In Vivo Phosphorylation Site Mapping in Mouse Cardiac Troponin I by High Resolution Top-Down Electron Capture Dissociation Mass Spectrometry: Ser22/23 Are the Only Sites Basally Phosphorylated

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Ayaz-Guner Ş., Zhang J., Li L., Walker J. W., Ge Y.

BIOCHEMISTRY, vol.48, no.34, pp.8161-8170, 2009 (SCI-Expanded) identifier identifier identifier

  • Publication Type: Article / Article
  • Volume: 48 Issue: 34
  • Publication Date: 2009
  • Doi Number: 10.1021/bi900739f
  • Journal Name: BIOCHEMISTRY
  • Journal Indexes: Science Citation Index Expanded (SCI-EXPANDED), Scopus
  • Page Numbers: pp.8161-8170
  • Abdullah Gül University Affiliated: No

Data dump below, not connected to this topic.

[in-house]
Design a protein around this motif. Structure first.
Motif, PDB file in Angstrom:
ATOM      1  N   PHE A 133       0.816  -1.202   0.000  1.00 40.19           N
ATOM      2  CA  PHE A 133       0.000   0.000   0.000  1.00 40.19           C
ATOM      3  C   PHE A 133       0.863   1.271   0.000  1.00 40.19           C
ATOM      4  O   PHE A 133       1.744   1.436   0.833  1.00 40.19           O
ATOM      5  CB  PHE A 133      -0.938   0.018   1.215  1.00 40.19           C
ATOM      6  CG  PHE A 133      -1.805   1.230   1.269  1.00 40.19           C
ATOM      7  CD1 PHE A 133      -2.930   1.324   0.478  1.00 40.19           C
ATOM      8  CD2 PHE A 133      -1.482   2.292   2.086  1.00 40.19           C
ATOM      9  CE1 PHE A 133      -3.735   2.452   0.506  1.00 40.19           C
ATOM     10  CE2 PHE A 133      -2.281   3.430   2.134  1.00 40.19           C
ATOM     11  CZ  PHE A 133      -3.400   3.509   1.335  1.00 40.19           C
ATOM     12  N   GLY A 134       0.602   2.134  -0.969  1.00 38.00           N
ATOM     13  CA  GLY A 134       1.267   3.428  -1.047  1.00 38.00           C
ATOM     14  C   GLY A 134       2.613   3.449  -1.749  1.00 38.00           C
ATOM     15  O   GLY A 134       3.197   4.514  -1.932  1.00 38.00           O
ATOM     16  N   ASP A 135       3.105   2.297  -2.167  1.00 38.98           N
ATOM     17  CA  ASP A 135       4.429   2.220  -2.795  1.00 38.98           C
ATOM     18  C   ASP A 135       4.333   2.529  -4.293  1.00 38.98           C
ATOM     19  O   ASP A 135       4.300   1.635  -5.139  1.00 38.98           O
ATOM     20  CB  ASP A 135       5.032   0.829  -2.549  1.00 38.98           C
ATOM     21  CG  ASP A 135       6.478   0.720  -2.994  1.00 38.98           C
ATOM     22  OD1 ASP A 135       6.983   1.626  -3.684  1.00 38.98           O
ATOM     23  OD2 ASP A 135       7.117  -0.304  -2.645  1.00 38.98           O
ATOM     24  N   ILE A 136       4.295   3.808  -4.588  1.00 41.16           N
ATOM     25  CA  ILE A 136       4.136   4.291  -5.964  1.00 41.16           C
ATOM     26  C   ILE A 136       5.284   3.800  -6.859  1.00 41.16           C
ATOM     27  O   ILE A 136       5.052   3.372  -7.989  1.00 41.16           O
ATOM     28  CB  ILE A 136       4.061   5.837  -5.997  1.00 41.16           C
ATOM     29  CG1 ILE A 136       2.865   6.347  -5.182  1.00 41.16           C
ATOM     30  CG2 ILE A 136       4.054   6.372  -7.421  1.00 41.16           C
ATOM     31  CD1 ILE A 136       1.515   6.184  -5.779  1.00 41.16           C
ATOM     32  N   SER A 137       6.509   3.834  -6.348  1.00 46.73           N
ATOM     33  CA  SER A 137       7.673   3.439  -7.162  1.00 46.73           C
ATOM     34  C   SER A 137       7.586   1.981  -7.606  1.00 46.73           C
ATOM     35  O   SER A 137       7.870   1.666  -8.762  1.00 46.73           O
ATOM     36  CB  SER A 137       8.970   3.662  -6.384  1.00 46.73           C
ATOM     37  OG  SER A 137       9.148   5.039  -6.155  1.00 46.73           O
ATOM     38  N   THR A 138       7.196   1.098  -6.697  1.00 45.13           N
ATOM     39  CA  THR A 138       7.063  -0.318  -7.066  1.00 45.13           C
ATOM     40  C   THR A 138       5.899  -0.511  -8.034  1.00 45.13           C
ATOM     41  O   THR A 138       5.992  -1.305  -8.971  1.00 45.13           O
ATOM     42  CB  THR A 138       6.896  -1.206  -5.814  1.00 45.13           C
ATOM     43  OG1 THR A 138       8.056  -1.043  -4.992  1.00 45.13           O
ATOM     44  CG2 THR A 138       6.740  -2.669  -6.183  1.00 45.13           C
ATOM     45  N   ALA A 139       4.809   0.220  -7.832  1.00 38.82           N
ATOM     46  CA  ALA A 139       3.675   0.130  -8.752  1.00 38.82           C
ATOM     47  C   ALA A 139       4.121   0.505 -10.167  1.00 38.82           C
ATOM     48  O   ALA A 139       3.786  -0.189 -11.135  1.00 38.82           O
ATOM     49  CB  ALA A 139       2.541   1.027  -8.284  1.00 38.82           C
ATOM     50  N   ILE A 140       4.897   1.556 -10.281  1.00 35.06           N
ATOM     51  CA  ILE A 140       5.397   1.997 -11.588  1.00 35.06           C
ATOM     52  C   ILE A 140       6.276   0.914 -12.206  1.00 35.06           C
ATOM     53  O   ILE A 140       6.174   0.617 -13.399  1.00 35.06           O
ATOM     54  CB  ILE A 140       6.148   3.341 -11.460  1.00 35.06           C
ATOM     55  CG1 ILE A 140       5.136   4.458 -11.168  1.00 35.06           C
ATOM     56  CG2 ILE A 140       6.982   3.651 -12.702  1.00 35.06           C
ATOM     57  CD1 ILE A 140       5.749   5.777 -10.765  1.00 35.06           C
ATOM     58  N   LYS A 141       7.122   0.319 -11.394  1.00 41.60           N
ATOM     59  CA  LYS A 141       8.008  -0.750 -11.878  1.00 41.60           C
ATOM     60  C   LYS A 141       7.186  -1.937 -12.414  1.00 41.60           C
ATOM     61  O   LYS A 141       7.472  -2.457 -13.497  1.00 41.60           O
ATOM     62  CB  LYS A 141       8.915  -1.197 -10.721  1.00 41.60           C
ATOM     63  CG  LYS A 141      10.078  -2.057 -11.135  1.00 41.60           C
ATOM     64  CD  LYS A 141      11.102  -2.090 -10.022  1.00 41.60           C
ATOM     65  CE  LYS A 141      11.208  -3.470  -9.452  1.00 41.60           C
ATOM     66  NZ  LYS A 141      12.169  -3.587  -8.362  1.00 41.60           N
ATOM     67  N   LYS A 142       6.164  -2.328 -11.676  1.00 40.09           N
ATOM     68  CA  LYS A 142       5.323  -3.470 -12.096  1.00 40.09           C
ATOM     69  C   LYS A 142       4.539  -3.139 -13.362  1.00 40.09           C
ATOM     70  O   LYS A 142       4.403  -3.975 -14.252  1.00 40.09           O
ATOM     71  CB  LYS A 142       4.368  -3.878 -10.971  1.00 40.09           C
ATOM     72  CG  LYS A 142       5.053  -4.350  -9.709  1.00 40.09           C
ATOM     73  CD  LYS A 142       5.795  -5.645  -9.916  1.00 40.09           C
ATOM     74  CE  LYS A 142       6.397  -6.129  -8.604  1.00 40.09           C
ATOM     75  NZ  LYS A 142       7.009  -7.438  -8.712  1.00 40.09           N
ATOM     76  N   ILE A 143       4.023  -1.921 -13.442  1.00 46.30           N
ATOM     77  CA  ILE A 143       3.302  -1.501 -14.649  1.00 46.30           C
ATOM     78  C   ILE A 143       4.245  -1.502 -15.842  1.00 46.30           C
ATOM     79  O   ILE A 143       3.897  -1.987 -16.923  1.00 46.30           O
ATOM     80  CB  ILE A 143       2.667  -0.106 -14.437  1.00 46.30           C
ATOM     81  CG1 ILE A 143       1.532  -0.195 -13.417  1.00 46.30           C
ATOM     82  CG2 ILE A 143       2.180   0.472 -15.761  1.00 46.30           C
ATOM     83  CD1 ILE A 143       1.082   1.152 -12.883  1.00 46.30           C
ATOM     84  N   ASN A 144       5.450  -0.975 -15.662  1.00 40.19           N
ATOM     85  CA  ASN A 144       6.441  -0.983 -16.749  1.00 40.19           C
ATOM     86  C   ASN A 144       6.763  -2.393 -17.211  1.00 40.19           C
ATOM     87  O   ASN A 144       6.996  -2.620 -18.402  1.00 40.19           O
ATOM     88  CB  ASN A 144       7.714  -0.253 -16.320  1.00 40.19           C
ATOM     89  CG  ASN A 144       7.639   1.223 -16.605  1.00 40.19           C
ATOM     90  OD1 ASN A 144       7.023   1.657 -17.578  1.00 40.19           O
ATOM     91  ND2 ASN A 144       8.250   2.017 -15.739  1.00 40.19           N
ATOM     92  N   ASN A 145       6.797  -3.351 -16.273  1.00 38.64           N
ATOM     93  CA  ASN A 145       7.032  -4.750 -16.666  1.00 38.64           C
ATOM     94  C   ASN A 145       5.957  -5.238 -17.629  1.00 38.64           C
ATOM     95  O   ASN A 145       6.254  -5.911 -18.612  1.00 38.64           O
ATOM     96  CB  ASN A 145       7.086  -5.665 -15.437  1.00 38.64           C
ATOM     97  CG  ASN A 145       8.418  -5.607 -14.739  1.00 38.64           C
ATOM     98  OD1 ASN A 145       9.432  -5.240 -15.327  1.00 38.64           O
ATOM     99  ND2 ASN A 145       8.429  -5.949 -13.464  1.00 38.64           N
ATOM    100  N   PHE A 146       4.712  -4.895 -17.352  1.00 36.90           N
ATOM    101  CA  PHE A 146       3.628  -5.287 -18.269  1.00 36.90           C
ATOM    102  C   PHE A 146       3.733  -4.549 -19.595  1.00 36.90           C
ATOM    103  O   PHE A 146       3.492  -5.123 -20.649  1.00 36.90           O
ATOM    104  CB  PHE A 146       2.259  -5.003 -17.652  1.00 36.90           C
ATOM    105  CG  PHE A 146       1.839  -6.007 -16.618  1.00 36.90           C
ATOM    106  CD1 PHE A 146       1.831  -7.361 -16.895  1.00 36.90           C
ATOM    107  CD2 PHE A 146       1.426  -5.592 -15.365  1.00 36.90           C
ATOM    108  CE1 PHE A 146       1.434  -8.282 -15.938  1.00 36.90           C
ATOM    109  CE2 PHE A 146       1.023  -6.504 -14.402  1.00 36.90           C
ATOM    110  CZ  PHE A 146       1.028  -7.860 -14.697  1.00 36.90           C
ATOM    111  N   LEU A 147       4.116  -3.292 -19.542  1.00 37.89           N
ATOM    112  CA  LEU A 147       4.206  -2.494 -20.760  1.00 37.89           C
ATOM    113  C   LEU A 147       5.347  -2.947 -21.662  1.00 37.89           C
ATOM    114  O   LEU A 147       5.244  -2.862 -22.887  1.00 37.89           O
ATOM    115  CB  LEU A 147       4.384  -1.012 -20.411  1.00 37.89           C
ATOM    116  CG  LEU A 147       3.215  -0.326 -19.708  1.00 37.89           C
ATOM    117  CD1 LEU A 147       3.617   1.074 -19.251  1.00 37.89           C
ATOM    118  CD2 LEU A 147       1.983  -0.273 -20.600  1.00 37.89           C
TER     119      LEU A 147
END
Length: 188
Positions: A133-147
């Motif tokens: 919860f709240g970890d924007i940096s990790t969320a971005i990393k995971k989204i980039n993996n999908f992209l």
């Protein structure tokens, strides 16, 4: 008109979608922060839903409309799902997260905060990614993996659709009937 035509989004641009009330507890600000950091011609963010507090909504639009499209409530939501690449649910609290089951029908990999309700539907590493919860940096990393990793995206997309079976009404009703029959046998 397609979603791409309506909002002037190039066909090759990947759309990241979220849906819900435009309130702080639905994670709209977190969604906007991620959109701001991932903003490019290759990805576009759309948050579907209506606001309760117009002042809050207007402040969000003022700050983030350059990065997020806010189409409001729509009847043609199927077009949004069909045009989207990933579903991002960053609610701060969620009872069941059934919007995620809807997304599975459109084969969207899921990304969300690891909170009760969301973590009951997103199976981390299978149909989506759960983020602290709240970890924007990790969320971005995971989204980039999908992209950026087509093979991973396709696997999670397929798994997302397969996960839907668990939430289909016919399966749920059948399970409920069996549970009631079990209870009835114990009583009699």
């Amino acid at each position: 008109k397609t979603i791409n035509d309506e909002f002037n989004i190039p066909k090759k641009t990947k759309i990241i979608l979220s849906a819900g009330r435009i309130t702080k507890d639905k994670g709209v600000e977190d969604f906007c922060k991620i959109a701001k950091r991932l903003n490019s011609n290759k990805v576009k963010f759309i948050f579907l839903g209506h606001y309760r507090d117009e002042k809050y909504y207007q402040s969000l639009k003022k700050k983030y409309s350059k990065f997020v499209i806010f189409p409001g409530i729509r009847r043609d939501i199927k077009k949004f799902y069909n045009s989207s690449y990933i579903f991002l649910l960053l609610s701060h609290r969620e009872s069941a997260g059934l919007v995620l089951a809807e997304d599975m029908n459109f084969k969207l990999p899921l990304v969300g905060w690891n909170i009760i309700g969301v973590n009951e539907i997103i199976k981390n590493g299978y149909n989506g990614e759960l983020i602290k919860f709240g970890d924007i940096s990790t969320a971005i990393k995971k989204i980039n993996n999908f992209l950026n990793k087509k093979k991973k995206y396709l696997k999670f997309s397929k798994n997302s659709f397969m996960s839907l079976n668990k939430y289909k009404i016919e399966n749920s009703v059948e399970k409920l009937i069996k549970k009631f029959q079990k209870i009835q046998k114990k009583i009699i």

Cardiac troponin I (cTnI) is the inhibitory Subunit of cardiac troponin, a key myofilament regulatory protein complex located on the thin filaments of the contractile apparatus. cTnI is uniquely specific for the heart and is widely used in clinics as a serum biomarker for cardiac injury. Phosphorylation of cTnI plays a critical role in modulating cardiac function. cTnI is known to be regulated by protein kinase A and protein kinase C at five sites, Ser22/Ser23, Ser42/44., and Thr143, primarily based on results from in vitro phosphorylation assays by the specific kinase(s). However, a comprehensive characterization of phosphorylation of mouse cTnI occurring in vivo has been lacking. Herein, we have employed top-down mass spectrometry (MS) methodology with electron capture dissociation for precise mapping of in vivo phosphorylation sites of cTnI affinity purified from wild-type and transgenic mouse hearts, As demonstrated, top-down MS (analysis of intact proteins) is an extremely valuable technology for global characterization of labile phosphorylation occurring in vivo without a priori knowledge. Our top-down MS data unambiguously identified Ser22/23 as the only two sites basally phosphorylated in wild-type mouse cTnI with full sequence coverage, which was confirmed by the lack of phosphorylation in cTnI-Ala(2) transgenic mice where Ser22/23 in cTnI have been rendered nonphosphorylatable by mutation to alanine.